On September 23, 2018, Governor Jerry Brown signed into law SB-1121 amending certain provisions of the California Consumer Privacy Act of 2018 (CCPA) which was enacted in June of this year. As we reported previously, CCPA will apply to any entity that does business in the State of California and satisfies one or more of the following: (i) annual gross revenue in excess of $25 million, (ii) alone or in combination, annually buys, receives for the business’ commercial purposes, sells, or shares for commercial purposes, alone or in combination, the personal information of 50,000 or more consumers, households, or devices, or (iii) derives 50 percent or more of its annual revenues from selling consumers’ personal information. Under CCPA, key consumer rights will include:

  • A consumer’s right to request deletion of personal information which would require the business to delete information upon receipt of a verified request;
  • A consumer’s right to request that a business that sells the consumer’s personal information, or discloses it for a business purpose, disclose the categories of information that it collects and categories of information and the identity of any 3rd parties to which the information was sold or disclosed;
  • A consumer’s right to opt-out of the sale of personal information by a business prohibiting the business from discriminating against the consumer for exercising this right, including a prohibition on charging the consumer who opts-out a different price or providing the consumer a different quality of goods or services, except if the difference is reasonably related to value provided by the consumer’s data.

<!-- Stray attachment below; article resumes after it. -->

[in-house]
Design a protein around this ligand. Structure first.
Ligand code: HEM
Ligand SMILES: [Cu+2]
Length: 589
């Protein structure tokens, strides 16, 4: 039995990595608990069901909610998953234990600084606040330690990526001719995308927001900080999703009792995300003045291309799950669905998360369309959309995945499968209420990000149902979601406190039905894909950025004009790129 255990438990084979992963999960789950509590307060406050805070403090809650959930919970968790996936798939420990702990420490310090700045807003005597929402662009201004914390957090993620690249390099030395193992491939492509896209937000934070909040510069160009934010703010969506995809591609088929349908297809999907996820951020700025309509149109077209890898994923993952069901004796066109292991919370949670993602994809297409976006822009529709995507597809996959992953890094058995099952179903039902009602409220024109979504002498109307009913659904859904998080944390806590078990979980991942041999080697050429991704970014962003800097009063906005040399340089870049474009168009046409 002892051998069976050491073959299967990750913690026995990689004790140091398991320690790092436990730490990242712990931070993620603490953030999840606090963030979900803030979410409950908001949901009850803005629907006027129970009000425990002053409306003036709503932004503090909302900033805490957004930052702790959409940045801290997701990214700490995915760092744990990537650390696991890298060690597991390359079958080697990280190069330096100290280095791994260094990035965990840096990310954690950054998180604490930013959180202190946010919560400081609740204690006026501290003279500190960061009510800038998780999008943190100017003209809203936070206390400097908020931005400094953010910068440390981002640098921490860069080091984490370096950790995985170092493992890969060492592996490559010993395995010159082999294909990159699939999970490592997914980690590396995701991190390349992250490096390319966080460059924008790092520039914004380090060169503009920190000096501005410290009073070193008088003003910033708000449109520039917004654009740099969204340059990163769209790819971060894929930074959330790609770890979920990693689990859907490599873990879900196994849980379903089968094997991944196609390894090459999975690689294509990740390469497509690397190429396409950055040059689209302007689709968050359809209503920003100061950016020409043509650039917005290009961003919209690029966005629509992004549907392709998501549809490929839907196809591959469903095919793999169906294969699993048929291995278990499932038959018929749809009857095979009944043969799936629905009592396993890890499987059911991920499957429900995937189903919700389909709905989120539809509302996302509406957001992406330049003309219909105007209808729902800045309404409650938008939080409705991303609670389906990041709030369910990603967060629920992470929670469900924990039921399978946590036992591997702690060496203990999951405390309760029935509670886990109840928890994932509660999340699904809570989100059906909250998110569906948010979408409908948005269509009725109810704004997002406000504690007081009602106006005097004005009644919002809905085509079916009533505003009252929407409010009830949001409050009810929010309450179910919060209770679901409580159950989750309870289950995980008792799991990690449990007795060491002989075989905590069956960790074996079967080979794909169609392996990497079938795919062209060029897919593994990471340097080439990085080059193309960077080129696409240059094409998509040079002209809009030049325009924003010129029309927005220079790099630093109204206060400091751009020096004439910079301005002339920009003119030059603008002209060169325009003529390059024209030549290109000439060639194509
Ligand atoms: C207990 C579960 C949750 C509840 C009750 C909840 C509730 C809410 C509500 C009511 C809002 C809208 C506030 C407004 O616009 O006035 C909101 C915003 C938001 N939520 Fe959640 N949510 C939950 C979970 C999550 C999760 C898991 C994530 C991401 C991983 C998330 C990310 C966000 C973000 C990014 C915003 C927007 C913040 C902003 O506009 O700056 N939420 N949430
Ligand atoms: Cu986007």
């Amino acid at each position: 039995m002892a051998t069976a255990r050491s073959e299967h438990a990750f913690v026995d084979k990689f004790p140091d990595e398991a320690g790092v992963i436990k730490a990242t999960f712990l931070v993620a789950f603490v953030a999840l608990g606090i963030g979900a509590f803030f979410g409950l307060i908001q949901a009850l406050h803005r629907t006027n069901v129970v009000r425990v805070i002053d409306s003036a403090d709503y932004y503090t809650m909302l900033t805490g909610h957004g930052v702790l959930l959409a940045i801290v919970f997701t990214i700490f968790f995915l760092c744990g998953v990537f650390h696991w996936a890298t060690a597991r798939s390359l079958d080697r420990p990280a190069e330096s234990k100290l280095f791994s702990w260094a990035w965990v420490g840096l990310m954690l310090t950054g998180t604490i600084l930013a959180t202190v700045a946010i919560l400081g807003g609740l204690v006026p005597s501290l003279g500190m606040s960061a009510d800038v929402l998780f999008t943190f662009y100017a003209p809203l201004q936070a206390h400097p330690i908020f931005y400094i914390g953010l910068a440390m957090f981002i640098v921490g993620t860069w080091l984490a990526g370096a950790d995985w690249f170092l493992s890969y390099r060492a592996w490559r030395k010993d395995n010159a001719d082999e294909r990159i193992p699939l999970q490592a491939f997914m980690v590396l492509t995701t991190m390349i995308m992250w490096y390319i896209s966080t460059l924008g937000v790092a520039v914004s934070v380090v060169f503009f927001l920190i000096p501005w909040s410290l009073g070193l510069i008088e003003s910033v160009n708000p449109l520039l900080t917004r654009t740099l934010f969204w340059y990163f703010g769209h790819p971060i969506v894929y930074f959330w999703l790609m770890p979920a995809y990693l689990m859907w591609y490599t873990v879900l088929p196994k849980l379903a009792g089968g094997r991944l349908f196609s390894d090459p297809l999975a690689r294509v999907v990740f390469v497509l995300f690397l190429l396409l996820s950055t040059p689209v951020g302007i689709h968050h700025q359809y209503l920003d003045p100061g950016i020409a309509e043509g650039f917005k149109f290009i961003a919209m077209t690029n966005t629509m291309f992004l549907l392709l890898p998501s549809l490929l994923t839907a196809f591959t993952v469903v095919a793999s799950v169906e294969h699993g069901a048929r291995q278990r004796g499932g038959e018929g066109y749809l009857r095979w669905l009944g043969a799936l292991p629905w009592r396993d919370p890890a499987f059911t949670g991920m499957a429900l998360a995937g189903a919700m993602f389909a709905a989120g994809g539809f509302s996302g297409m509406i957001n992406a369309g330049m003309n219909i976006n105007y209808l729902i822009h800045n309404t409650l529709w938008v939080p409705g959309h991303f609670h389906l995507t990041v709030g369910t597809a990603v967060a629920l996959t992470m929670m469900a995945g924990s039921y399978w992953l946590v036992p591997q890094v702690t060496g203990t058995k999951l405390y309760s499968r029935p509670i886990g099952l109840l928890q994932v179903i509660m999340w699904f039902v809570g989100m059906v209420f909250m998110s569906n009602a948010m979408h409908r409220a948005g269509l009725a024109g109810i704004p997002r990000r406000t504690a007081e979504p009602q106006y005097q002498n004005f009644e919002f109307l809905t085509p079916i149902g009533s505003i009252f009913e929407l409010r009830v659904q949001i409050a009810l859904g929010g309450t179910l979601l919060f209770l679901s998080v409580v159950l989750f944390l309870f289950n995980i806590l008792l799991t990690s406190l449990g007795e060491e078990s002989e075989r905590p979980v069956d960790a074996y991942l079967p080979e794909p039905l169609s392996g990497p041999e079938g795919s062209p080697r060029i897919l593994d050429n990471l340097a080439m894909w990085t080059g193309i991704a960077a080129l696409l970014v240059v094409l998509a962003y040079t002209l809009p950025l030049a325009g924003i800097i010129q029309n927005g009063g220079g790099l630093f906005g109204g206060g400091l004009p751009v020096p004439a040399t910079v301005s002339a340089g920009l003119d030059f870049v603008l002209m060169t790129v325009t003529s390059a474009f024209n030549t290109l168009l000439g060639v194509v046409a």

SB-1121’s amendments include:

  • A clarification to the definition of personal information: The data elements listed in the definition are personal information, not automatically, but to the extent that they identify, relate to, describe, are capable of being associated with, or could be reasonably linked, directly or indirectly, with a particular consumer or household.
  • An expansion of exempt information to include protected health information collected by a business associate governed by HIPAA/HITECH.
  • A clarification that personal information collected, processed, sold, or disclosed pursuant to the Gramm-Leach-Bliley Act, the California Financial Information Privacy Act, or the Driver’s Privacy Protection Act of 1994 is exempt regardless of whether the CCPA conflicts with these laws.
  • An exemption for information collected as part of a clinical trial subject to the Common Rule.
  • A clarification that information collected pursuant to the Gramm-Leach-Bliley Act and the Driver’s Privacy Protection Act of 1994 will not be exempt from a consumer’s cause of action relating to certain data breaches.
  • A clarification that a private cause of action exists only for data breaches and only if prior to initiating any action for statutory damages, a consumer provides a business 30 days written notice and opportunity to cure any violation. Notice is not required in an action solely for pecuniary damages.